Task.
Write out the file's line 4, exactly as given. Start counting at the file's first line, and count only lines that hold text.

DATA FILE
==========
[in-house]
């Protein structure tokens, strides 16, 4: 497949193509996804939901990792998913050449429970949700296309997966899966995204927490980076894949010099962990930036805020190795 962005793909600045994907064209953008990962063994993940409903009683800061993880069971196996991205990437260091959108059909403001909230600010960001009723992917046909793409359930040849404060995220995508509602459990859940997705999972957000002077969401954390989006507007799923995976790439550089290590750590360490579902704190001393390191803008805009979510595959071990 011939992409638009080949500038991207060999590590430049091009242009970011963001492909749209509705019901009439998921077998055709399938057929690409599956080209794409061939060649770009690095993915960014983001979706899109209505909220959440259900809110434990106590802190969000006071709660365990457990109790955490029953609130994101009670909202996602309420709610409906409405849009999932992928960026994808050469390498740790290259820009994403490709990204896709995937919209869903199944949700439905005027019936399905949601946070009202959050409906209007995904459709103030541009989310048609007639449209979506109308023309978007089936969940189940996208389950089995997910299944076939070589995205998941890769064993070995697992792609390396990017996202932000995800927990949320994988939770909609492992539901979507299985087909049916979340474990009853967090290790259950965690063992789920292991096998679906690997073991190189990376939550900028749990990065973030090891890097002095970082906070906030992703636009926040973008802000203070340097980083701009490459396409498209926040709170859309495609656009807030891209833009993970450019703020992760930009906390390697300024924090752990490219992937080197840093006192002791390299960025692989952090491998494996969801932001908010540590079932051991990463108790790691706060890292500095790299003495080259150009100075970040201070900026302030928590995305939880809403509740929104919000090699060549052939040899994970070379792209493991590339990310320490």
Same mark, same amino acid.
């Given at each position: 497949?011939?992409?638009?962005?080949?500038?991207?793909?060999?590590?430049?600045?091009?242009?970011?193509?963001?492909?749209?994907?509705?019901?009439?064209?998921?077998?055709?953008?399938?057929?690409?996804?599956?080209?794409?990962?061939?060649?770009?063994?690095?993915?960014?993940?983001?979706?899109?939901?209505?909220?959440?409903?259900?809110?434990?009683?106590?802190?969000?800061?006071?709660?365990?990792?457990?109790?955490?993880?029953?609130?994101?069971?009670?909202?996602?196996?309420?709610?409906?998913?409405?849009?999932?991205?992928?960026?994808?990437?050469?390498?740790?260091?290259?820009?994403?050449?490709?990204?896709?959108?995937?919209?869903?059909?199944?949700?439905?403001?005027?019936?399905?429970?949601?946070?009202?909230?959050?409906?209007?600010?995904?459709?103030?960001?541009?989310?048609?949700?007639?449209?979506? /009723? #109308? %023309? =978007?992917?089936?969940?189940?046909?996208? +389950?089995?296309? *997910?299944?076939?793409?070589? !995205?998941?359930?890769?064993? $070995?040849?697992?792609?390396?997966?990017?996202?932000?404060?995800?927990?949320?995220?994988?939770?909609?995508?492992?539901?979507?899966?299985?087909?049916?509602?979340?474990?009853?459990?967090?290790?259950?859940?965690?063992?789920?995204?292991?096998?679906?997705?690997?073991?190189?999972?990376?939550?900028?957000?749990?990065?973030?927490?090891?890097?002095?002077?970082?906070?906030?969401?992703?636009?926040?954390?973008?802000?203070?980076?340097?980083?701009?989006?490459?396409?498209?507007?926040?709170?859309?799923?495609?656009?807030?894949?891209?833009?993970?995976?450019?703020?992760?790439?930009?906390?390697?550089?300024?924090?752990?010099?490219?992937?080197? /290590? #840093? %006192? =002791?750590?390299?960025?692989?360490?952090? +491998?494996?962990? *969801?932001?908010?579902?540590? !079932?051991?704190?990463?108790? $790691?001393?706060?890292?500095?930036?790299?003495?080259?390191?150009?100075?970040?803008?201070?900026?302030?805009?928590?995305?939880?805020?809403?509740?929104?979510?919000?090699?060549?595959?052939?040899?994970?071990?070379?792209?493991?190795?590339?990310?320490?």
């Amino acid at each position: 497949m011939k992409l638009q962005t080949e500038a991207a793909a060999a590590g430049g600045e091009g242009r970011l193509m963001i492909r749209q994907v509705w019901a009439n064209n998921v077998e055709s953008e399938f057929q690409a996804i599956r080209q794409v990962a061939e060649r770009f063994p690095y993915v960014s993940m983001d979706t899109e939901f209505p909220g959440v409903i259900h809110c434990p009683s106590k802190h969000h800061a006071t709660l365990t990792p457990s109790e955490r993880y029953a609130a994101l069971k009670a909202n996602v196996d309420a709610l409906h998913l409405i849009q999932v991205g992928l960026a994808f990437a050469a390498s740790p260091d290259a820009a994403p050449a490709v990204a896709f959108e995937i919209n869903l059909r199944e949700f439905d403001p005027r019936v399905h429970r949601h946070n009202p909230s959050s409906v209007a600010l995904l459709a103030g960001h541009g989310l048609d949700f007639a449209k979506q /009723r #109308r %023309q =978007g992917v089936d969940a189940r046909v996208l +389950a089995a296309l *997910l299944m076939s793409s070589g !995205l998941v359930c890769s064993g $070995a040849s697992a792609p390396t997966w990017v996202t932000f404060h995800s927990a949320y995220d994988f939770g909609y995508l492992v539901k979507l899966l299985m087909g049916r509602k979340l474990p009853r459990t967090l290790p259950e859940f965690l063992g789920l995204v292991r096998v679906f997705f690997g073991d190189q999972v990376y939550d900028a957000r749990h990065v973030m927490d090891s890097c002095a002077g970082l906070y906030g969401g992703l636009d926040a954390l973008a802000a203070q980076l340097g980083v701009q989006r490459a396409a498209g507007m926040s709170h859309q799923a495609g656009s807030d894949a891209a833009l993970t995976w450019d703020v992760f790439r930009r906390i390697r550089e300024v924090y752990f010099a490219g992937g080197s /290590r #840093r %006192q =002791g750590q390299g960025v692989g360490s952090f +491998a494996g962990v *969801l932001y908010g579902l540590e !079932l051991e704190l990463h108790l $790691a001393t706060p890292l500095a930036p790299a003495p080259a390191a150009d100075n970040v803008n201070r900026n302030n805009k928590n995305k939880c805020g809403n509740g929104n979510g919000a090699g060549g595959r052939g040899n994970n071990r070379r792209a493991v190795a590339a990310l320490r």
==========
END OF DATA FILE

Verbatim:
């Given at each position: 497949?011939?992409?638009?962005?080949?500038?991207?793909?060999?590590?430049?600045?091009?242009?970011?193509?963001?492909?749209?994907?509705?019901?009439?064209?998921?077998?055709?953008?399938?057929?690409?996804?599956?080209?794409?990962?061939?060649?770009?063994?690095?993915?960014?993940?983001?979706?899109?939901?209505?909220?959440?409903?259900?809110?434990?009683?106590?802190?969000?800061?006071?709660?365990?990792?457990?109790?955490?993880?029953?609130?994101?069971?009670?909202?996602?196996?309420?709610?409906?998913?409405?849009?999932?991205?992928?960026?994808?990437?050469?390498?740790?260091?290259?820009?994403?050449?490709?990204?896709?959108?995937?919209?869903?059909?199944?949700?439905?403001?005027?019936?399905?429970?949601?946070?009202?909230?959050?409906?209007?600010?995904?459709?103030?960001?541009?989310?048609?949700?007639?449209?979506? /009723? #109308? %023309? =978007?992917?089936?969940?189940?046909?996208? +389950?089995?296309? *997910?299944?076939?793409?070589? !995205?998941?359930?890769?064993? $070995?040849?697992?792609?390396?997966?990017?996202?932000?404060?995800?927990?949320?995220?994988?939770?909609?995508?492992?539901?979507?899966?299985?087909?049916?509602?979340?474990?009853?459990?967090?290790?259950?859940?965690?063992?789920?995204?292991?096998?679906?997705?690997?073991?190189?999972?990376?939550?900028?957000?749990?990065?973030?927490?090891?890097?002095?002077?970082?906070?906030?969401?992703?636009?926040?954390?973008?802000?203070?980076?340097?980083?701009?989006?490459?396409?498209?507007?926040?709170?859309?799923?495609?656009?807030?894949?891209?833009?993970?995976?450019?703020?992760?790439?930009?906390?390697?550089?300024?924090?752990?010099?490219?992937?080197? /290590? #840093? %006192? =002791?750590?390299?960025?692989?360490?952090? +491998?494996?962990? *969801?932001?908010?579902?540590? !079932?051991?704190?990463?108790? $790691?001393?706060?890292?500095?930036?790299?003495?080259?390191?150009?100075?970040?803008?201070?900026?302030?805009?928590?995305?939880?805020?809403?509740?929104?979510?919000?090699?060549?595959?052939?040899?994970?071990?070379?792209?493991?190795?590339?990310?320490?």